Donor sperm and fertility treatments using donor sperm may be obtained at a sperm bank or fertility clinic. Here, the recipient may select donor sperm on the basis of the donor's characteristics, e.g. looks, personality, academic ability, race, and many other factors. Sperm banks or clinics may be subject to state or professional regulations, including restrictions on donor anonymity and the number of offspring that may be produced, and there may be other legal protections of the rights and responsibilities of both recipient and donor. Some sperm banks, either by choice or regulation, limit the amount of information available to potential recipients; a desire to obtain more information on donors is one reason why recipients may choose to use a known donor and/or private donation.

A sperm donor will usually donate sperm to a sperm bank under a contract, which typically specifies the period during which the donor will be required to produce sperm, which generally ranges from 6–24 months depending on the number of pregnancies which the sperm bank intends to produce from the donor. Donors may or may not be paid for their samples, according to local laws and agreed arrangements. Even in unpaid arrangements, expenses are often reimbursed. Depending on local law and on private arrangements, men may donate anonymously or agree to provide identifying information to their offspring in the future. Private donations facilitated by an agency often use a "directed" donor, when a male directs that his sperm is to be used by a specific person. Non-anonymous donors are also called known donors, open donors or identity disclosure donors.

Donor selection
A sperm donate must generally meet specific requirements regarding age (most often up to 40) and medical history. Potential donors are typically screened for genetic diseases, chromosomal abnormalities and sexually transmitted infections that may be transmitted through sperm. The donor's sperm must also withstand the freezing and thawing process necessary to store and quarantine the sperm. Samples are stored for at least 6 months after which the donor will be re-tested for sexually transmitted infections. This is to ensure no new infections have been acquired or have developed during the period of donation. If the result is negative, the sperm samples can be released from quarantine and used in treatments.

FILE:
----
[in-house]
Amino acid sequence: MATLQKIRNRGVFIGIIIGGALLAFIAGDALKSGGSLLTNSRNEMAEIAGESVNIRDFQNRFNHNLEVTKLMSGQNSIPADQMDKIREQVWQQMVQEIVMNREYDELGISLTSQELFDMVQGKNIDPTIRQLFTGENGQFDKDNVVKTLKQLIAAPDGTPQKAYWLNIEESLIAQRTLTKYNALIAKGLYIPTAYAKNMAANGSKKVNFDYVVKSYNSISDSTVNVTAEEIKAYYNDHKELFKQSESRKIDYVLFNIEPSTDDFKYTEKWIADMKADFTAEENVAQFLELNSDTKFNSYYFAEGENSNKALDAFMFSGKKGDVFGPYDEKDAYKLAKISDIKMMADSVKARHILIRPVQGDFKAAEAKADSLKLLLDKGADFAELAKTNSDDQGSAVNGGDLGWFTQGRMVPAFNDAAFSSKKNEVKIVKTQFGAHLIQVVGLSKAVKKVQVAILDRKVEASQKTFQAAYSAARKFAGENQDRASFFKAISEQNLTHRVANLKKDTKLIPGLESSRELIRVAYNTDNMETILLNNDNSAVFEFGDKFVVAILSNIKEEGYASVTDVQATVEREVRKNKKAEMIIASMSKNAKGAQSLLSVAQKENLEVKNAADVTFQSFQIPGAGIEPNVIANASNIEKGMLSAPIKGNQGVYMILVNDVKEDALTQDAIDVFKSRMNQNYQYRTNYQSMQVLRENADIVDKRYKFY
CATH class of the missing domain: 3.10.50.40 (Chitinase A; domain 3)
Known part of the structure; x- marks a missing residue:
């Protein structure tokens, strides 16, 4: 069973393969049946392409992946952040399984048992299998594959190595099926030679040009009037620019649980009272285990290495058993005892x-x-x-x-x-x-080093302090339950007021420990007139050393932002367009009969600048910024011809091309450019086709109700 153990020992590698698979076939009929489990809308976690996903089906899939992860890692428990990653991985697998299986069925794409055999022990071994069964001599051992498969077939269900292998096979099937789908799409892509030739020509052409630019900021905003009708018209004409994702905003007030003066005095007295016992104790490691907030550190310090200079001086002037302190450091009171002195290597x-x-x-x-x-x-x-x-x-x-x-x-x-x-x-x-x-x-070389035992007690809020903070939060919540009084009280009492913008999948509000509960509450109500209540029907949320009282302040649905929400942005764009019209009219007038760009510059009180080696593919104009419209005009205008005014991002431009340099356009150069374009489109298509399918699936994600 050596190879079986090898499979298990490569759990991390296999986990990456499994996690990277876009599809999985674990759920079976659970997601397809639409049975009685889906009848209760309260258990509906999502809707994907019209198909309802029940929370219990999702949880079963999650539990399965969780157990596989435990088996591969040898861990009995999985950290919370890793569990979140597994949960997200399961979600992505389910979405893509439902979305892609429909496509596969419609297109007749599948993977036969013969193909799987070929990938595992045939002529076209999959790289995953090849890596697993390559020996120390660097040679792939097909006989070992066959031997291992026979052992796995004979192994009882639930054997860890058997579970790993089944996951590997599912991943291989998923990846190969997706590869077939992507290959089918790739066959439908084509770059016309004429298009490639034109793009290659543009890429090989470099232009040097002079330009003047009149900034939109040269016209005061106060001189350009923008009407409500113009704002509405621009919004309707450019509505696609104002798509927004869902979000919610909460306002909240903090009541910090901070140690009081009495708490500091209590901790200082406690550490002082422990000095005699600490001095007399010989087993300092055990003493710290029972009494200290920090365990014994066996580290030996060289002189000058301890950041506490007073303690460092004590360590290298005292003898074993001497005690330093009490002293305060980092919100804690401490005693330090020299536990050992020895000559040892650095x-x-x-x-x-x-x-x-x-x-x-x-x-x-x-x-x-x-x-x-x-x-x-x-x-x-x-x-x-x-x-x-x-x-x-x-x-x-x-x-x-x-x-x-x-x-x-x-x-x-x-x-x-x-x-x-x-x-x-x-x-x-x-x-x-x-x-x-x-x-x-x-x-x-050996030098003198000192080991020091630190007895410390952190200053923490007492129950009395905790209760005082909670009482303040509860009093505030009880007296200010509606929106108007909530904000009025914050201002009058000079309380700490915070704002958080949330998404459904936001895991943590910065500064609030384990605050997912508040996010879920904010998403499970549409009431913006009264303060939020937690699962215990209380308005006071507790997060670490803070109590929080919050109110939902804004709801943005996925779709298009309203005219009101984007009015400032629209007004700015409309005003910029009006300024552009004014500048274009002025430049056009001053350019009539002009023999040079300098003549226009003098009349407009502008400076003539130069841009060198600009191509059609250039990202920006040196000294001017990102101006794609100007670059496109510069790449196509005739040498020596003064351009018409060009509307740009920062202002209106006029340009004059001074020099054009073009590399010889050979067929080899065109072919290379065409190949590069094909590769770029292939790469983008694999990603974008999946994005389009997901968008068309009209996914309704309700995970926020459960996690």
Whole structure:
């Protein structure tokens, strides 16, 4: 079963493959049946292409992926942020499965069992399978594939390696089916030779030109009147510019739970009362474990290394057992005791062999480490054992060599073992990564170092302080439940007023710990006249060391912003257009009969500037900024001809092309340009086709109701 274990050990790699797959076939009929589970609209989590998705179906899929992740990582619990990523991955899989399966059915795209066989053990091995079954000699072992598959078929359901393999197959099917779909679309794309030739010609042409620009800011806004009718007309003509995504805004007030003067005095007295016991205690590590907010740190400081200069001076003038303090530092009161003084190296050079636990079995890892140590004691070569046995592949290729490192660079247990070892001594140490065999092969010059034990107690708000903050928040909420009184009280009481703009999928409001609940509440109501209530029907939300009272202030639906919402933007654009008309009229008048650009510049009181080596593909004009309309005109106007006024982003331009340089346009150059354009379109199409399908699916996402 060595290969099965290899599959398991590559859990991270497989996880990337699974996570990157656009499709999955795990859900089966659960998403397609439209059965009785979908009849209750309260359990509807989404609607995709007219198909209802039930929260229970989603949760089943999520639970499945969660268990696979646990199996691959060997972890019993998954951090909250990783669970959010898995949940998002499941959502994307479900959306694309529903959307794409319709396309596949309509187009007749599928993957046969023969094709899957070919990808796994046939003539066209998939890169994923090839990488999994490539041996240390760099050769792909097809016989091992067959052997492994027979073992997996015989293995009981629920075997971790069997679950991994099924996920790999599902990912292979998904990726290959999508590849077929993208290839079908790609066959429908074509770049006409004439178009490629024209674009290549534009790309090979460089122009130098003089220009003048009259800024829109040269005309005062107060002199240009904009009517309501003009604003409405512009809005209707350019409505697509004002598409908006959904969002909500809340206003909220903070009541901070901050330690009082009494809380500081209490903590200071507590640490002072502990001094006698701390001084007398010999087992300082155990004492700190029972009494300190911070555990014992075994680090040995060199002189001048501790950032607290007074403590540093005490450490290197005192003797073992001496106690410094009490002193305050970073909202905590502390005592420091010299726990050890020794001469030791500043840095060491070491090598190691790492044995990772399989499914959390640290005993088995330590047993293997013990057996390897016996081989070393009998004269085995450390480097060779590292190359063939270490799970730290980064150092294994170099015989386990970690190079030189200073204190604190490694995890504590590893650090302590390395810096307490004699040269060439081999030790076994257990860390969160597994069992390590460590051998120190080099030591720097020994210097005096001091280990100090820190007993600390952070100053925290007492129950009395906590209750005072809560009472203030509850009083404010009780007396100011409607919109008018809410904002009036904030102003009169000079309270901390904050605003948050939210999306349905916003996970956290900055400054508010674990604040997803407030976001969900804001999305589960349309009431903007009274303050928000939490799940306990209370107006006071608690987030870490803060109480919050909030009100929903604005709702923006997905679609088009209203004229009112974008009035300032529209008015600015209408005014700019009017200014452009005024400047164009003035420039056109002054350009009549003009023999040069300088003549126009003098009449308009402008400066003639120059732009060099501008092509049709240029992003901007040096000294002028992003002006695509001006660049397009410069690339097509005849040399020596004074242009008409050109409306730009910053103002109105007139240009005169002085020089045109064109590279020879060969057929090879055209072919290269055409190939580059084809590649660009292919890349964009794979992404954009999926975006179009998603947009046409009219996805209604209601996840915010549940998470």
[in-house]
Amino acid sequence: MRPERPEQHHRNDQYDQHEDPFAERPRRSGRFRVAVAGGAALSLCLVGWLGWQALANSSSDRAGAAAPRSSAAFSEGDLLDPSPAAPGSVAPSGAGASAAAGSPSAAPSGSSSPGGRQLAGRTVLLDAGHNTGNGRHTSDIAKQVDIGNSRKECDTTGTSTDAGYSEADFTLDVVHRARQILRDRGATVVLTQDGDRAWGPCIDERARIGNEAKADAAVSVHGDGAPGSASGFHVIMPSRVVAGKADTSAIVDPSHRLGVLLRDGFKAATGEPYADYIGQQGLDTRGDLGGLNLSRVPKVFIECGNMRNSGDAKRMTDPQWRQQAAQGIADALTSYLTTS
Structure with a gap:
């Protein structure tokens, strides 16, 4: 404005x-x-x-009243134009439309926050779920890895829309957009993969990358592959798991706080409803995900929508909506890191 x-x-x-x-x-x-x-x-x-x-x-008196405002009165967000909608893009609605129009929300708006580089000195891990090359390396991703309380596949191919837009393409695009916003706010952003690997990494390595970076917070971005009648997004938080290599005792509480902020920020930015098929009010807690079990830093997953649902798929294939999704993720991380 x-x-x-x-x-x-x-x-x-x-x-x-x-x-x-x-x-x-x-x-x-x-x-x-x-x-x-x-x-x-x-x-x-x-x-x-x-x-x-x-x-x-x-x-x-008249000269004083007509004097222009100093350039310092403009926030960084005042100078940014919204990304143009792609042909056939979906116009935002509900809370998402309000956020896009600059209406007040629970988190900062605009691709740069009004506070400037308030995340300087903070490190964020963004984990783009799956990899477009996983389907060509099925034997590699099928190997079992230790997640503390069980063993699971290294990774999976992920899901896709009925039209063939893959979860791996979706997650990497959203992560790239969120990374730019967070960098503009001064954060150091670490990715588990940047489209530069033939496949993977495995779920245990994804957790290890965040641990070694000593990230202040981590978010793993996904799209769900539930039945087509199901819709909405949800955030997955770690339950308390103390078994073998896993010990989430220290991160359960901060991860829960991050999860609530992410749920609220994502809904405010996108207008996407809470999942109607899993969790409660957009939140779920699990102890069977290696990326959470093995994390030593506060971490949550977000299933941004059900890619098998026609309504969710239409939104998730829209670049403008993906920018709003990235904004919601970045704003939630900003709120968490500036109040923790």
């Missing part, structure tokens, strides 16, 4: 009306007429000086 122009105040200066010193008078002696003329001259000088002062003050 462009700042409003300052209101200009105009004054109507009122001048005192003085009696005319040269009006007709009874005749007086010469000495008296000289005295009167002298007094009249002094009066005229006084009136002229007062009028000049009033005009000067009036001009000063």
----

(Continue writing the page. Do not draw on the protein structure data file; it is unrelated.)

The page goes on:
Screening includes:

  • Taking a medical history of the donor, his children, siblings, parents, and grandparents etc. for three to four generations back. This is often done in conjunction with the patient’s family doctor.
  • HIV risk assessment interview, asking about sexual activity and any past drug use.
  • Blood tests and urine tests for infectious diseases, such as: HIV-1/2, HTLV-1/2, Hepatitis B and C, Syphilis, Gonorrhea, Chlamydia, Cytomegalovirus (CMV), not all clinics test for this.
  • Blood and urine tests for blood typing and general health indicators: ABO/Rh typing, CBC, liver panel and urinalysis
  • Complete physical examination including careful examination of the penis, scrotum and testicles.
  • Genetic testing for carrier traits, for example: Cystic Fibrosis, Sickle-cell disease, Thalassemia, other hemoglobin-related blood disorders.
  • General health
  • Semen analysis for: sperm count, morphology, motility, acrosome activity may also be tested

Preparing the samples
A sperm donor is usually advised not to ejaculate for two to three days before providing the sample, to increase sperm count and to maximize the conception rate. A sperm donor produces and collects sperm by masturbation or during sexual intercourse with the use of a collection condom.

Sperm banks and clinics usually "wash" the sperm sample to extract sperm from the rest of the material in the semen. A cryoprotectant semen extender is added if the sperm is to be placed in frozen storage in liquid nitrogen, and the sample is then frozen in a number of vials or straws. One sample will be divided into 1-20 vials or straws depending on the quantity of the ejaculate and whether the sample is washed or unwashed. Following the necessary quarantine period, the samples are thawed and used to inseminate women through artificial insemination or other ART treatments. Unwashed samples are used for ICI treatments, and washed samples are used in IUI and IVF procedures.

Anonymous sperm donation occurs where the child and/or receiving couple will never learn the identity of the donor, and non-anonymous when they will. Non-anonymous sperm donors are, to a substantially higher degree, driven by altruistic motives for their donations.